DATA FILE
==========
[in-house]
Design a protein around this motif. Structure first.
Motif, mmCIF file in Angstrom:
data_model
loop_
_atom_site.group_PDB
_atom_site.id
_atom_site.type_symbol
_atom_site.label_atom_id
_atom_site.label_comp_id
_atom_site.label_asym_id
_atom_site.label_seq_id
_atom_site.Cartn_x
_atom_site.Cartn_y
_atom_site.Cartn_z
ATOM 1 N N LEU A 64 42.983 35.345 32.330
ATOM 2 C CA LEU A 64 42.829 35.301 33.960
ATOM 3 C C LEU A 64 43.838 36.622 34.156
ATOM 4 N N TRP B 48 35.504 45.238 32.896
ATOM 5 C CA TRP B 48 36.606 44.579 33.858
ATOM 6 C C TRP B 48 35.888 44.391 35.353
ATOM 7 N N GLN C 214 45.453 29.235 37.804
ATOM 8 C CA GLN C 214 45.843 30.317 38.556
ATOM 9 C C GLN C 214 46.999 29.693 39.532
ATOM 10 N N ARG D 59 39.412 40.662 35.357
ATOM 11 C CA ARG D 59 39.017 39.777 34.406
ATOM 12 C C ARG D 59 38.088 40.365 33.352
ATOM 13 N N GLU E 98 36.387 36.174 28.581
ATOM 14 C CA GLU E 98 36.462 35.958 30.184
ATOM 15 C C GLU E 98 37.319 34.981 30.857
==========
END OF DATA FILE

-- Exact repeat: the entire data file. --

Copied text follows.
[in-house]
Design a protein around this motif. Structure first.
Motif, mmCIF file in Angstrom:
data_model
loop_
_atom_site.group_PDB
_atom_site.id
_atom_site.type_symbol
_atom_site.label_atom_id
_atom_site.label_comp_id
_atom_site.label_asym_id
_atom_site.label_seq_id
_atom_site.Cartn_x
_atom_site.Cartn_y
_atom_site.Cartn_z
ATOM 1 N N LEU A 64 42.983 35.345 32.330
ATOM 2 C CA LEU A 64 42.829 35.301 33.960
ATOM 3 C C LEU A 64 43.838 36.622 34.156
ATOM 4 N N TRP B 48 35.504 45.238 32.896
ATOM 5 C CA TRP B 48 36.606 44.579 33.858
ATOM 6 C C TRP B 48 35.888 44.391 35.353
ATOM 7 N N GLN C 214 45.453 29.235 37.804
ATOM 8 C CA GLN C 214 45.843 30.317 38.556
ATOM 9 C C GLN C 214 46.999 29.693 39.532
ATOM 10 N N ARG D 59 39.412 40.662 35.357
ATOM 11 C CA ARG D 59 39.017 39.777 34.406
ATOM 12 C C ARG D 59 38.088 40.365 33.352
ATOM 13 N N GLU E 98 36.387 36.174 28.581
ATOM 14 C CA GLU E 98 36.462 35.958 30.184
ATOM 15 C C GLU E 98 37.319 34.981 30.857